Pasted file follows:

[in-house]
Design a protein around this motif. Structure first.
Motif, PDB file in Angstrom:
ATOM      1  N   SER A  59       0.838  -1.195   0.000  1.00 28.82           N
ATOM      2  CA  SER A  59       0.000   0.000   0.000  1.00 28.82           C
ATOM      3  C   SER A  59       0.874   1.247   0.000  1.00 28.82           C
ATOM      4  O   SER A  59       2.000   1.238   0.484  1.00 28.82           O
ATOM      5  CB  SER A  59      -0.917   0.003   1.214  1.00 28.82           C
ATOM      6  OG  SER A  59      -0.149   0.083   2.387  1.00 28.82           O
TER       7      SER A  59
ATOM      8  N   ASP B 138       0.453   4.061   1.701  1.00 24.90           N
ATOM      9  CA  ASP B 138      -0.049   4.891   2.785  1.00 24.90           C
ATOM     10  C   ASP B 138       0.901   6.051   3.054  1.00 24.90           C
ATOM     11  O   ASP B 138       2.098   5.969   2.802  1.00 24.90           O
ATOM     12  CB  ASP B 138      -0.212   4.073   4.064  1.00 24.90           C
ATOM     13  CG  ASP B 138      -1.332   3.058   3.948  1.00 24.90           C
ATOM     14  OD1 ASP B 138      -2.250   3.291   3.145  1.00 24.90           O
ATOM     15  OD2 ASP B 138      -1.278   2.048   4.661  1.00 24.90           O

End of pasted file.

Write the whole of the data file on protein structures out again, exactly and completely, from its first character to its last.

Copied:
[in-house]
Design a protein around this motif. Structure first.
Motif, PDB file in Angstrom:
ATOM      1  N   SER A  59       0.838  -1.195   0.000  1.00 28.82           N
ATOM      2  CA  SER A  59       0.000   0.000   0.000  1.00 28.82           C
ATOM      3  C   SER A  59       0.874   1.247   0.000  1.00 28.82           C
ATOM      4  O   SER A  59       2.000   1.238   0.484  1.00 28.82           O
ATOM      5  CB  SER A  59      -0.917   0.003   1.214  1.00 28.82           C
ATOM      6  OG  SER A  59      -0.149   0.083   2.387  1.00 28.82           O
TER       7      SER A  59
ATOM      8  N   ASP B 138       0.453   4.061   1.701  1.00 24.90           N
ATOM      9  CA  ASP B 138      -0.049   4.891   2.785  1.00 24.90           C
ATOM     10  C   ASP B 138       0.901   6.051   3.054  1.00 24.90           C
ATOM     11  O   ASP B 138       2.098   5.969   2.802  1.00 24.90           O
ATOM     12  CB  ASP B 138      -0.212   4.073   4.064  1.00 24.90           C
ATOM     13  CG  ASP B 138      -1.332   3.058   3.948  1.00 24.90           C
ATOM     14  OD1 ASP B 138      -2.250   3.291   3.145  1.00 24.90           O
ATOM     15  OD2 ASP B 138      -1.278   2.048   4.661  1.00 24.90           O